Sales and rentals on the Costa Blanca, Costa Calida and Costa Del Sol Sales and rentals on the Costa Blanca, Costa Calida and Costa Del Sol



1st April 2024

Spain has the power to expropriate beach flats and then grant the owner a 30-year right of use.

The Spanish government is considering expropriating beach flats and other coastal properties to protect the coastline from rising sea levels. 

In exchange, owners will get a 30-year right of use, with a possible extension to 60 years. 

Concessions for activities along the coast will also be limited to a maximum of 75 years.

The Ministry of Ecological Transition is working on changes to the General Coastal Regulation to address the impact of rising sea levels. 

These changes are necessary to protect the coastline from climate change.


However, there are concerns among coastal property owners. 

If sea levels rise, the state may claim the property even if the owner has all the property documents. 


The state may then decide to demolish the property or make modifications. Although owners can get a concession in exchange for their property, they still lose a lot of control over the property.


These new rules can lead to conflicts and legal proceedings between owners and the government.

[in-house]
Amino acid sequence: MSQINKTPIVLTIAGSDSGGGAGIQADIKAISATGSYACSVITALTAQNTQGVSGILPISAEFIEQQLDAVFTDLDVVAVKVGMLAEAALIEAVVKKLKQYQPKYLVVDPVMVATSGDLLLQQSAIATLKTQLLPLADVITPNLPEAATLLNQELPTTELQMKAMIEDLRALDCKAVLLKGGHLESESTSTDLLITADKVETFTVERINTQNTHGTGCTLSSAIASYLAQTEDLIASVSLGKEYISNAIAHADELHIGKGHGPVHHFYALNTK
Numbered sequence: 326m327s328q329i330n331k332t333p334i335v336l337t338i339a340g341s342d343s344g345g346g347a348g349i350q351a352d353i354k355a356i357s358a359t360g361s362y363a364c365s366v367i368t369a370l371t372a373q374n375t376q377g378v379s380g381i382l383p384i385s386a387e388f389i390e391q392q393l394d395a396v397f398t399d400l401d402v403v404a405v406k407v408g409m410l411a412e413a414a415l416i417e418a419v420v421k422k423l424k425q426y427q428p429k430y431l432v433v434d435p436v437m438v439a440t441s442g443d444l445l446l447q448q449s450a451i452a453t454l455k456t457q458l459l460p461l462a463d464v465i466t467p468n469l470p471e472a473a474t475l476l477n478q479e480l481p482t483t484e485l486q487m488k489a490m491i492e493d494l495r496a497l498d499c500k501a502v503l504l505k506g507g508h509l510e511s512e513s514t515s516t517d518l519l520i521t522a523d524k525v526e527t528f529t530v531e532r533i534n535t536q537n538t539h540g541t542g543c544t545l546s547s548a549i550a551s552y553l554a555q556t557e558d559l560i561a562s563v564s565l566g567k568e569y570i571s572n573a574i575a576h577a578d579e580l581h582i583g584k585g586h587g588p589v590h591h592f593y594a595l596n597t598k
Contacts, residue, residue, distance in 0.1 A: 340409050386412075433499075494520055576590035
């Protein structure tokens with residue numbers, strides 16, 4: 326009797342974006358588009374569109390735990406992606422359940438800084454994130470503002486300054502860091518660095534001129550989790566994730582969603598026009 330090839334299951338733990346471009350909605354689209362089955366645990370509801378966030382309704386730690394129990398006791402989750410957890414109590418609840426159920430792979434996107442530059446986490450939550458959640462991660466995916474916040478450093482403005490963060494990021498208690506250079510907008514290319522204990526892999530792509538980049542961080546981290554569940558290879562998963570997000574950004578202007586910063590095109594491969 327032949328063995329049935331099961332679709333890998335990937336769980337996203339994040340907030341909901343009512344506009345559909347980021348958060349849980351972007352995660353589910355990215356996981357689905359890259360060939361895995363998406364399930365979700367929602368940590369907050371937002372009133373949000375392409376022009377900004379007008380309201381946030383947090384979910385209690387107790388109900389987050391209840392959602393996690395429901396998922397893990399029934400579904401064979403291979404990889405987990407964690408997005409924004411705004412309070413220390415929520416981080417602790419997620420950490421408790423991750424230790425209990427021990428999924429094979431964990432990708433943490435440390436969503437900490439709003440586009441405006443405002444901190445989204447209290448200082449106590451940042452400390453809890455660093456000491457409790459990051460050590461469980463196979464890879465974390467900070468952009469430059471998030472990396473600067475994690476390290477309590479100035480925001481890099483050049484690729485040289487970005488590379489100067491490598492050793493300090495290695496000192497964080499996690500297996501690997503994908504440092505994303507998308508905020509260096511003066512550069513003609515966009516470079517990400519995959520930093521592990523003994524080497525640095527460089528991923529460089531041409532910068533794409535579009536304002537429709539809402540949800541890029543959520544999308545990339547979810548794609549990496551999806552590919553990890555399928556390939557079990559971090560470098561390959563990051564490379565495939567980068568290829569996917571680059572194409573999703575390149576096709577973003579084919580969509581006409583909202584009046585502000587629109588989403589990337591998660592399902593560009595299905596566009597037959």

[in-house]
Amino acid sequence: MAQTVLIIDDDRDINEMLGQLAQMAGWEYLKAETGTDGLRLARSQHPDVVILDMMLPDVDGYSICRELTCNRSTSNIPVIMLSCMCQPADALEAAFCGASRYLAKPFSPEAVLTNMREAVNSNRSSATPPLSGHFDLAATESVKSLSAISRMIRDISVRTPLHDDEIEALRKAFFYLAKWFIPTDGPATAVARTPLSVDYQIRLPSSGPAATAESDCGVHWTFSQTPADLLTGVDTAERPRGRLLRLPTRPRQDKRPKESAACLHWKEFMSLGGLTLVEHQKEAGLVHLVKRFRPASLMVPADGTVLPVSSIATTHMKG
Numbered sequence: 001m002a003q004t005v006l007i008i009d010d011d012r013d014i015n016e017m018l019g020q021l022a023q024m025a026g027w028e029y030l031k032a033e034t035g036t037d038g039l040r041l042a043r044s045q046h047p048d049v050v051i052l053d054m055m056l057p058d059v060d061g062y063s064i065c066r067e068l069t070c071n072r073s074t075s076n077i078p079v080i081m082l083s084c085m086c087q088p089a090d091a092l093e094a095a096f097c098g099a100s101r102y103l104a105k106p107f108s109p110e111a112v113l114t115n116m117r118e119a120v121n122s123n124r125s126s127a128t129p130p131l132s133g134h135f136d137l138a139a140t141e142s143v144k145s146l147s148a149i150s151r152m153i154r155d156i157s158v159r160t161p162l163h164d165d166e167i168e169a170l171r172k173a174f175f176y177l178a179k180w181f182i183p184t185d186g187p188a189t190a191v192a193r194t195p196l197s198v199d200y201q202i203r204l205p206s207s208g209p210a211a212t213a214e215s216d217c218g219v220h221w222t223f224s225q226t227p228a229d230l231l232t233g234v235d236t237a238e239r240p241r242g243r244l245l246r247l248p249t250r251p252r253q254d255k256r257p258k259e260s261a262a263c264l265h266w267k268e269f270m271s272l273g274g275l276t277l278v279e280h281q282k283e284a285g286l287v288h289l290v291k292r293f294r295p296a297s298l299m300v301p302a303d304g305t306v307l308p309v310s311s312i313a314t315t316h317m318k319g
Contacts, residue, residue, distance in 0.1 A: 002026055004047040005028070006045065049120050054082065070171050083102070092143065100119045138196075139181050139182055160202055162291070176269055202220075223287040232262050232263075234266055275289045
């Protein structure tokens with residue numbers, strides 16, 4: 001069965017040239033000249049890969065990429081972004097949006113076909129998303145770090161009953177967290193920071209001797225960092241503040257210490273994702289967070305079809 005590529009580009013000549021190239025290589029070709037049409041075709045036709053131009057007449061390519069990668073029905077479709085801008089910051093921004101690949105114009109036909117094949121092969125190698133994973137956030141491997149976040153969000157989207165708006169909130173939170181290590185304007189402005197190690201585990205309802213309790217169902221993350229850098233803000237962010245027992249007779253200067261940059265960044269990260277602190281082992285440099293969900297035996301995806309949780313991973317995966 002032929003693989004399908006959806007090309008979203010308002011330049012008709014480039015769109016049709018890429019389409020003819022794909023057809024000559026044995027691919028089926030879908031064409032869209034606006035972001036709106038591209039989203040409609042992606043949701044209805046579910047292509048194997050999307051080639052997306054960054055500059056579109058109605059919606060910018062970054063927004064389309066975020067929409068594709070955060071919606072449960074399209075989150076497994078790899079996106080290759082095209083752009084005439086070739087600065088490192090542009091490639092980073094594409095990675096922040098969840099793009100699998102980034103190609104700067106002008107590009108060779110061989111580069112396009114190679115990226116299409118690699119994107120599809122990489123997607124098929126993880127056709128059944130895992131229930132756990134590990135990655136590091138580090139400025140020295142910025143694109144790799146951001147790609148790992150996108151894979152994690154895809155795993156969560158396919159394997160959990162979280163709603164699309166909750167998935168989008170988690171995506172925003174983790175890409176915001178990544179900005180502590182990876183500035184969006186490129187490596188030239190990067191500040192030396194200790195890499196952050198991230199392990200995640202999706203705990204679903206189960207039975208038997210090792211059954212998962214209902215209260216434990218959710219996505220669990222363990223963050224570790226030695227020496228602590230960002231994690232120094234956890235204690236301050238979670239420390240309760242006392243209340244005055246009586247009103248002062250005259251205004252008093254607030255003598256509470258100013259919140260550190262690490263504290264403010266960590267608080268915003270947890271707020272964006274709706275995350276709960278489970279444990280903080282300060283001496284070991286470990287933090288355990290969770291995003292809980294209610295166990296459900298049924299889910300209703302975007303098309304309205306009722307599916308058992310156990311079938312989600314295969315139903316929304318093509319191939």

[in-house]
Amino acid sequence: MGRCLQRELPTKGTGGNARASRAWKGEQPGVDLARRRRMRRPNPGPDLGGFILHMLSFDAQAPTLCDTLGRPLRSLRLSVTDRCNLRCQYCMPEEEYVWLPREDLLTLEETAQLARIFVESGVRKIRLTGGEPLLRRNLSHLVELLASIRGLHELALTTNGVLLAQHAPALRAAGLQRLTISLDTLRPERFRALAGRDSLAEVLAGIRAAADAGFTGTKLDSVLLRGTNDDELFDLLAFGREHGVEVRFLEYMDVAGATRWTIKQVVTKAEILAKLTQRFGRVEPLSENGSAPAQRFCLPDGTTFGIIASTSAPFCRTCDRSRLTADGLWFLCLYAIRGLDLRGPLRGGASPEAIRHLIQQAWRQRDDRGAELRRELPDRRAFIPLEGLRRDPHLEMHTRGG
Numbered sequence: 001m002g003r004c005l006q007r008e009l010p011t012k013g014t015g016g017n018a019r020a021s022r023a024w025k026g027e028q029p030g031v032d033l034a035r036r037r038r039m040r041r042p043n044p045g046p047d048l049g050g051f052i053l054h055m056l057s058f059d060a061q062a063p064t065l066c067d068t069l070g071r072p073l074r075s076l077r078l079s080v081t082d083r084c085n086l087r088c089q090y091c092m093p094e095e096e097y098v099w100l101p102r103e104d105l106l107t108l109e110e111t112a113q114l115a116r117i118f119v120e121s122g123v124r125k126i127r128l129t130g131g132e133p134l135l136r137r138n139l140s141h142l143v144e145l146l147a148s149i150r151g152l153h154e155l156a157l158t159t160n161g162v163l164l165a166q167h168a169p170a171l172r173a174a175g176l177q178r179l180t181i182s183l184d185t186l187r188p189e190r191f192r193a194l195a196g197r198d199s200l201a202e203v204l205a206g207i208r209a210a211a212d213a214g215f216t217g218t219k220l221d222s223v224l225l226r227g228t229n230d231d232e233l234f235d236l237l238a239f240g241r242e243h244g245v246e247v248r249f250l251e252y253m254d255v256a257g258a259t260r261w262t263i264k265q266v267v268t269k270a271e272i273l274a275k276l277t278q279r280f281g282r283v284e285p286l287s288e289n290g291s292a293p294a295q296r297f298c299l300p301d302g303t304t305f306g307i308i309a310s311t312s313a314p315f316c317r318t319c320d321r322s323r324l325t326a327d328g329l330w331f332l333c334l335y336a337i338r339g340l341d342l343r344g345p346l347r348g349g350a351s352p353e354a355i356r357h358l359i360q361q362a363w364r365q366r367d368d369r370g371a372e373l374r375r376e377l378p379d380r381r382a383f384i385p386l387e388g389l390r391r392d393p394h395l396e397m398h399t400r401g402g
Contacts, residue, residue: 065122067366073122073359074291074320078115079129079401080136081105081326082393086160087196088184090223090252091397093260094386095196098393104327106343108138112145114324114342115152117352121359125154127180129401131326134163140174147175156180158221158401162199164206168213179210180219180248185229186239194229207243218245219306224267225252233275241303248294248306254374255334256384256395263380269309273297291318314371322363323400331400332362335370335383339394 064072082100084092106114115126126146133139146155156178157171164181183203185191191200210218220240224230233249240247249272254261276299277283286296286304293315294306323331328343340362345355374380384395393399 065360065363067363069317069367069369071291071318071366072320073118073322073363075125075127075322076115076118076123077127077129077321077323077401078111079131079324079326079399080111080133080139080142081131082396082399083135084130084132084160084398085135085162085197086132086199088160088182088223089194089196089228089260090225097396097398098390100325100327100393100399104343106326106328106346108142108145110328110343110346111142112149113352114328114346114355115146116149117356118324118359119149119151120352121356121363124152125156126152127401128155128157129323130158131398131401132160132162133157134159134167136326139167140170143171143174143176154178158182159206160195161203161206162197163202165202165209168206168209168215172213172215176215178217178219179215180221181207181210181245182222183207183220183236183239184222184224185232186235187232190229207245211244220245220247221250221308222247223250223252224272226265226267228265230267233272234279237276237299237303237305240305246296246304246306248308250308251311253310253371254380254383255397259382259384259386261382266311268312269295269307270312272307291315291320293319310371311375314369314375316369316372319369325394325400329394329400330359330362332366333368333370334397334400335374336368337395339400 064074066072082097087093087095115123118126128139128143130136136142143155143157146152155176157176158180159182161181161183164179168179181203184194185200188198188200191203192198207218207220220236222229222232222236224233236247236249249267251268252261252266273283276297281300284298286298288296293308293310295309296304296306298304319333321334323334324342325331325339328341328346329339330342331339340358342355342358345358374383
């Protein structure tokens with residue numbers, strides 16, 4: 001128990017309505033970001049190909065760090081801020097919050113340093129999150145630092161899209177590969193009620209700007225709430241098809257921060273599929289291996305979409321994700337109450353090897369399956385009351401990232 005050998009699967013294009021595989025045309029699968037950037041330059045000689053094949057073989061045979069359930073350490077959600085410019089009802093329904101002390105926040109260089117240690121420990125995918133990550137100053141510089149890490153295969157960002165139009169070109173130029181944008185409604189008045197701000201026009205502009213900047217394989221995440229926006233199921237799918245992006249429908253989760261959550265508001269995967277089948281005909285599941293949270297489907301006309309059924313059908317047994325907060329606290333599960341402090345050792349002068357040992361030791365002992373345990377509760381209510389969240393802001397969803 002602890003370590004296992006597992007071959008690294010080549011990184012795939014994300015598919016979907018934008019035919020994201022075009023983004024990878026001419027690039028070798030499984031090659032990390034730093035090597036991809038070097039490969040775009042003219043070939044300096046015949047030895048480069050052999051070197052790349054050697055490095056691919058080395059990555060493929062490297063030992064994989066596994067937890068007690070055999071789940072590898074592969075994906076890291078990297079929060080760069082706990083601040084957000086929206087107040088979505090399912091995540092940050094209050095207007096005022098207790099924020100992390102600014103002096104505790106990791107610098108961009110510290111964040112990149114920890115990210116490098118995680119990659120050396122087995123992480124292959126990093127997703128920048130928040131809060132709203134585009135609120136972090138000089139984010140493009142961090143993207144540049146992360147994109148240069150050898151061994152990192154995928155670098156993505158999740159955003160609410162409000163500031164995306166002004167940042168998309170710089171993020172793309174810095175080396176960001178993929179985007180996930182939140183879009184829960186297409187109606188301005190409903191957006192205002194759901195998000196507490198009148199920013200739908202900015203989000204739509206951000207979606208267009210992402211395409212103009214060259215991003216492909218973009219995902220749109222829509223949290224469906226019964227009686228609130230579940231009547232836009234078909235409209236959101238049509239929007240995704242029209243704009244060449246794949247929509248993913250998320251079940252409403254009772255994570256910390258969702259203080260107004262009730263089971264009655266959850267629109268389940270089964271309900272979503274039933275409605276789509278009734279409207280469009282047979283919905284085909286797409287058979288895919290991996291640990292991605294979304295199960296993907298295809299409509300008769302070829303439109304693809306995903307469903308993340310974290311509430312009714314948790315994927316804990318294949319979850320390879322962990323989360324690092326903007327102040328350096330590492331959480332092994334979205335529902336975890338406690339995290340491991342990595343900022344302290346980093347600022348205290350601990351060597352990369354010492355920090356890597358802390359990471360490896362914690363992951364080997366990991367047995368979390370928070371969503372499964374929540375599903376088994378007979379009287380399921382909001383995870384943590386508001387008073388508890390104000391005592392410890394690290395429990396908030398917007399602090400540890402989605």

Owners can object to expropriation and demand compensation, which can lead to protracted litigation and delays in implementing the new measures.

The expropriation of commercial properties, such as hotels and beach restaurants or Chiringuitos, can also have a negative economic impact on coastal municipalities dependent on tourism. 


Businesses may be forced to close or relocate, leading to job losses and a drop in tourism revenues.


In addition, beach promenades may also be affected by the new rules. 

If sea levels rise, the state may decide that parts of the boardwalk are no longer municipal land, but public property. This could lead to conflicts between local governments and the state over the preservation of boardwalks.

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